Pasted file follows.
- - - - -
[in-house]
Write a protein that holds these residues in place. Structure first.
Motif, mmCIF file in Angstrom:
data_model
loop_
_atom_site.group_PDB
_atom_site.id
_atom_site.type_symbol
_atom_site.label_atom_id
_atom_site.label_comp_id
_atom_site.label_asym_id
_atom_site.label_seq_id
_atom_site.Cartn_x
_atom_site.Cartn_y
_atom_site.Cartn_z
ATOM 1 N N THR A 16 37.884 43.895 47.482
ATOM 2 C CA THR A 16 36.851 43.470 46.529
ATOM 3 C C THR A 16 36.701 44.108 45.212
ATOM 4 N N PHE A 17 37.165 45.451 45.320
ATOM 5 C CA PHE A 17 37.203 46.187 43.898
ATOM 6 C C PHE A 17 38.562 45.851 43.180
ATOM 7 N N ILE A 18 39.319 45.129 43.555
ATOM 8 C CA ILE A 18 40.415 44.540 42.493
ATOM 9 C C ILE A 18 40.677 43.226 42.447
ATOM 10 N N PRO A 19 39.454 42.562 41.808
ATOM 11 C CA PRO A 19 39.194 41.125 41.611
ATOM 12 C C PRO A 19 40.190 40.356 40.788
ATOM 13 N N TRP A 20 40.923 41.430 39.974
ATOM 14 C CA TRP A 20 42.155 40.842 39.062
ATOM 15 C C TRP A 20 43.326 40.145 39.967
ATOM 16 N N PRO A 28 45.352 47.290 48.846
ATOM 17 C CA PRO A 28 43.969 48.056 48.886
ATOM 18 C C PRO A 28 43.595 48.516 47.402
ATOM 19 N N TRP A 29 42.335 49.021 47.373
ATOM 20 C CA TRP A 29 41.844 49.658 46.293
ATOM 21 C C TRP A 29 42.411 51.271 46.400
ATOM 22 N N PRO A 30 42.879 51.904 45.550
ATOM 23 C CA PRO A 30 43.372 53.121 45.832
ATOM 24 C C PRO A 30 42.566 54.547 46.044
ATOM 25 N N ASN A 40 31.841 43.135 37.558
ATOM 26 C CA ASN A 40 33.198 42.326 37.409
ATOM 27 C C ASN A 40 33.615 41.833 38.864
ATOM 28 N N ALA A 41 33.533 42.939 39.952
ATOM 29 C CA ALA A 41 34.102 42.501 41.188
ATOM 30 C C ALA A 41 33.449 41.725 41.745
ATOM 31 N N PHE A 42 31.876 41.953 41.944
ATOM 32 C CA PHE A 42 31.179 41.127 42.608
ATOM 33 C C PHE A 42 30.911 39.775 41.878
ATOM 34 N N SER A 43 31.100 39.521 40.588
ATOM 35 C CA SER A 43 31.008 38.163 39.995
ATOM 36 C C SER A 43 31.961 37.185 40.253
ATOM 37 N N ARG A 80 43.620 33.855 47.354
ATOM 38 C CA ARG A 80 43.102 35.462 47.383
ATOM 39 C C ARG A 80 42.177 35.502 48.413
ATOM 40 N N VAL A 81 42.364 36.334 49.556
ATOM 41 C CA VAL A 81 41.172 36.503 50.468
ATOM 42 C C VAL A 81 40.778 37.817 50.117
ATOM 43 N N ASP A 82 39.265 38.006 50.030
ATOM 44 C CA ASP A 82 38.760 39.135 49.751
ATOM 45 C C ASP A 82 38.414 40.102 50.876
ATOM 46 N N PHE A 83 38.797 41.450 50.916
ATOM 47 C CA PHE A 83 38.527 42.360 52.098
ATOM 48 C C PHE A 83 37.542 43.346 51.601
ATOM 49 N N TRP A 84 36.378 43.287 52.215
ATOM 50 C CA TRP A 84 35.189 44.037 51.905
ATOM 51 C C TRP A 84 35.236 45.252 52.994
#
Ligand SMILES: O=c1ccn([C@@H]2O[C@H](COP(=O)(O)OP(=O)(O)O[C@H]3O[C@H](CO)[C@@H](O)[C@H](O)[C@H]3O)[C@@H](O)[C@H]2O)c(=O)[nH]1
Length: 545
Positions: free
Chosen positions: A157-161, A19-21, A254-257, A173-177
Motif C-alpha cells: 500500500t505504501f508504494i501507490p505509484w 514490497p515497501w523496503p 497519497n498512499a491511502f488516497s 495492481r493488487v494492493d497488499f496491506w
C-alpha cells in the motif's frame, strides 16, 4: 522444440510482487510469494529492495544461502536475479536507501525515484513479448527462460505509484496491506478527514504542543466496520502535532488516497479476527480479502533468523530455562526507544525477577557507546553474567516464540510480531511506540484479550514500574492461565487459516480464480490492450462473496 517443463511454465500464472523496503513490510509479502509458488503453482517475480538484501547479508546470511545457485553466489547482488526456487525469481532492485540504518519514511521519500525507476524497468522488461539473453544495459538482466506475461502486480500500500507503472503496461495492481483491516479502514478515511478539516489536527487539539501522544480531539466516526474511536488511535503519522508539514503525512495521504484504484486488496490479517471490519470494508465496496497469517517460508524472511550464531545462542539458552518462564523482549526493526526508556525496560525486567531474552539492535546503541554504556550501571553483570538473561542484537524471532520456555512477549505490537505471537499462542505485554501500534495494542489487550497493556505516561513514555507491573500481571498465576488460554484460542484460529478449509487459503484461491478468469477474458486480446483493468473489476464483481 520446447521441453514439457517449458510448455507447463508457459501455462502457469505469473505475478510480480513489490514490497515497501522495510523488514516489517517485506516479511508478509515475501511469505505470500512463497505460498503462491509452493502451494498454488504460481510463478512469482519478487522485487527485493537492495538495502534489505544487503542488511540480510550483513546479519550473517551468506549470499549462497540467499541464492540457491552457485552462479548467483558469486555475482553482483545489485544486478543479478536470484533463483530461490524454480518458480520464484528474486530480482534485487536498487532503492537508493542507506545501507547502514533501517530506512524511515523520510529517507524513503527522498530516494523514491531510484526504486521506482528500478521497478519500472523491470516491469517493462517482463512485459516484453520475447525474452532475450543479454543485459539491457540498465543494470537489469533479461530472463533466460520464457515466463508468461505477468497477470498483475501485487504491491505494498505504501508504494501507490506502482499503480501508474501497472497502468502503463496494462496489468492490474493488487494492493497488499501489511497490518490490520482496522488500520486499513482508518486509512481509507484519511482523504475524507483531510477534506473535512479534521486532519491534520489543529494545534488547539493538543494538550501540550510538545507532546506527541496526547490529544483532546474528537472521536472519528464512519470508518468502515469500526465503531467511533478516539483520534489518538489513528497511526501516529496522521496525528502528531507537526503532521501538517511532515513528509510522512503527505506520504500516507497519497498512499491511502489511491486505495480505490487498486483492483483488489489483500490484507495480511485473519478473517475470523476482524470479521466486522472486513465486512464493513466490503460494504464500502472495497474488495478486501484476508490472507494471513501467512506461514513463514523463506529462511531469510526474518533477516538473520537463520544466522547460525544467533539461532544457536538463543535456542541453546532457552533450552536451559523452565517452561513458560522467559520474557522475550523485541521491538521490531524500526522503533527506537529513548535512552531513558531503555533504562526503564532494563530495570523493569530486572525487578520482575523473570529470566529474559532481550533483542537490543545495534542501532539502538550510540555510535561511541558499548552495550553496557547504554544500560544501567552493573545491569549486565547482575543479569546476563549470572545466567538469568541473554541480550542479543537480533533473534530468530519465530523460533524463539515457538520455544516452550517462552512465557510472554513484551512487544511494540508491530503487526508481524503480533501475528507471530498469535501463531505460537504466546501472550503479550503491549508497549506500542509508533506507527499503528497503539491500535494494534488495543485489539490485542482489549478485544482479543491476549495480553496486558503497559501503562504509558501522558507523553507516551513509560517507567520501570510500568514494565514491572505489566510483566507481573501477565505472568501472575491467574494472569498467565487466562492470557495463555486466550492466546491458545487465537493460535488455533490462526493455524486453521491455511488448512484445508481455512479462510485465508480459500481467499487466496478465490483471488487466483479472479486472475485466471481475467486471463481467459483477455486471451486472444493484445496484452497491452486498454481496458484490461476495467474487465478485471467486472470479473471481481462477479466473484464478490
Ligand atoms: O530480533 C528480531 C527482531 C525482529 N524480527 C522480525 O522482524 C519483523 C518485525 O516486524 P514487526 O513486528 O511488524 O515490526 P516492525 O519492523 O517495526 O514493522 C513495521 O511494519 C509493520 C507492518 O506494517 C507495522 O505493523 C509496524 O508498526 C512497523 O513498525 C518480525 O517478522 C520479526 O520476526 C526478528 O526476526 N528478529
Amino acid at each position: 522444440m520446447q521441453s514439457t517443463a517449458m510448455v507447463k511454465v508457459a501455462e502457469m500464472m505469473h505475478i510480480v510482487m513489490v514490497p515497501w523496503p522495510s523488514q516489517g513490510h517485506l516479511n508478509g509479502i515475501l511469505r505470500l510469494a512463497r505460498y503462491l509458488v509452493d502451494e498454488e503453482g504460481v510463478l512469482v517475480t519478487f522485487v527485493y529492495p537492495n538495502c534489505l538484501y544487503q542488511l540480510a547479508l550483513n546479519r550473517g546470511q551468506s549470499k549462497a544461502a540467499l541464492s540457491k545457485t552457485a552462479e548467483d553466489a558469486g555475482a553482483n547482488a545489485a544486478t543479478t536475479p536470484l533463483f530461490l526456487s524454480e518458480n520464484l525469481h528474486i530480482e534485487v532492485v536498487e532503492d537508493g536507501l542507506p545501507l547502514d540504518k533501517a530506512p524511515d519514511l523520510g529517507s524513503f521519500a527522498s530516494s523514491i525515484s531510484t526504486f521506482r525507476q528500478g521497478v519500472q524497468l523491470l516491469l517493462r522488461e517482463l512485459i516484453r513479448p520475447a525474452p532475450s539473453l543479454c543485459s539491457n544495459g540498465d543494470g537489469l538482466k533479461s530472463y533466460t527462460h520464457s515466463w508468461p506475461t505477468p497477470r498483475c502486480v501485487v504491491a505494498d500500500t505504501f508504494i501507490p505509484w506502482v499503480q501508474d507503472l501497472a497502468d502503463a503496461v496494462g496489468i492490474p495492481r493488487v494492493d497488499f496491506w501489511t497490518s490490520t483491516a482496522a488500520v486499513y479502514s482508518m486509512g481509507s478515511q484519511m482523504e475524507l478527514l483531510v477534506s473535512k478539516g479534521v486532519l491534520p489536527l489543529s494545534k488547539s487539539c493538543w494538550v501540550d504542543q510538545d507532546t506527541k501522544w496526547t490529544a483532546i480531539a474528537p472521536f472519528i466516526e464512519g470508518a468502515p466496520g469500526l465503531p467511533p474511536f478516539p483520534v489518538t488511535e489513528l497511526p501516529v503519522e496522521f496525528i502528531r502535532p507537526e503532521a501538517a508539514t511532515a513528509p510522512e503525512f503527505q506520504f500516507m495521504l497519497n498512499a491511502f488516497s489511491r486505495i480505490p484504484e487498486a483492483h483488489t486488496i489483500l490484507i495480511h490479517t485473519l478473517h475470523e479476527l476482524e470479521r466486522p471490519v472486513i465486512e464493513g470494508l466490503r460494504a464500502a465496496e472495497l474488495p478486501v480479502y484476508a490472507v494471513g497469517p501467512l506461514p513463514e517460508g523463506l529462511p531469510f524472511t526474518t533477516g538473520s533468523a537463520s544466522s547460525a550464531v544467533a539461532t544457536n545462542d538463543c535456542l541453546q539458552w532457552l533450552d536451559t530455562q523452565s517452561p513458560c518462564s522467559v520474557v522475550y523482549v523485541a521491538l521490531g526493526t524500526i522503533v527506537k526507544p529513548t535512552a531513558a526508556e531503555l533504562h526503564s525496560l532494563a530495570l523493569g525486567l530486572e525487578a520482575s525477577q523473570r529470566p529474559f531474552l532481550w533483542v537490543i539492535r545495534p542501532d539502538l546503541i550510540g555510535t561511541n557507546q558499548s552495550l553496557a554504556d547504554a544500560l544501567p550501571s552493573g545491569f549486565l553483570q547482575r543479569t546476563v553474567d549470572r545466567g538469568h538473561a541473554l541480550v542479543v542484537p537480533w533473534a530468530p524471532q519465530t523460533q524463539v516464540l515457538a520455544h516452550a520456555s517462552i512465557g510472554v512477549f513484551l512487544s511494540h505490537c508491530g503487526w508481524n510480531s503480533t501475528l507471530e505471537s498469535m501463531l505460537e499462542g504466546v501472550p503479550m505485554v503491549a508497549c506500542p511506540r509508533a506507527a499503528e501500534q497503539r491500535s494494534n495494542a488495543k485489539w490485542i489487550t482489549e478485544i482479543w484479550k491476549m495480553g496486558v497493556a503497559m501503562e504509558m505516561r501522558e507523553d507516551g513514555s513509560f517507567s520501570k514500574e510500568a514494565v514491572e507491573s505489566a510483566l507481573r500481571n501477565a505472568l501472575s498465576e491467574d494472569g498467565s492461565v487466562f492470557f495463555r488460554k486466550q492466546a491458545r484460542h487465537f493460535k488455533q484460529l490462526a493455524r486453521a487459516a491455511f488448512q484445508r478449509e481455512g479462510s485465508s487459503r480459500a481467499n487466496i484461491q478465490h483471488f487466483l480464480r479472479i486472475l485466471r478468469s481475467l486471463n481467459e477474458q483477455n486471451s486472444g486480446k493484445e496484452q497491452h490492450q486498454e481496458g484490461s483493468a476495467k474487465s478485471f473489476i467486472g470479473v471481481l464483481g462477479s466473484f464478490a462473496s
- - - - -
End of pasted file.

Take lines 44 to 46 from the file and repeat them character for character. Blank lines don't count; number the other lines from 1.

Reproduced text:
ATOM 29 C CA ALA A 41 34.102 42.501 41.188
ATOM 30 C C ALA A 41 33.449 41.725 41.745
ATOM 31 N N PHE A 42 31.876 41.953 41.944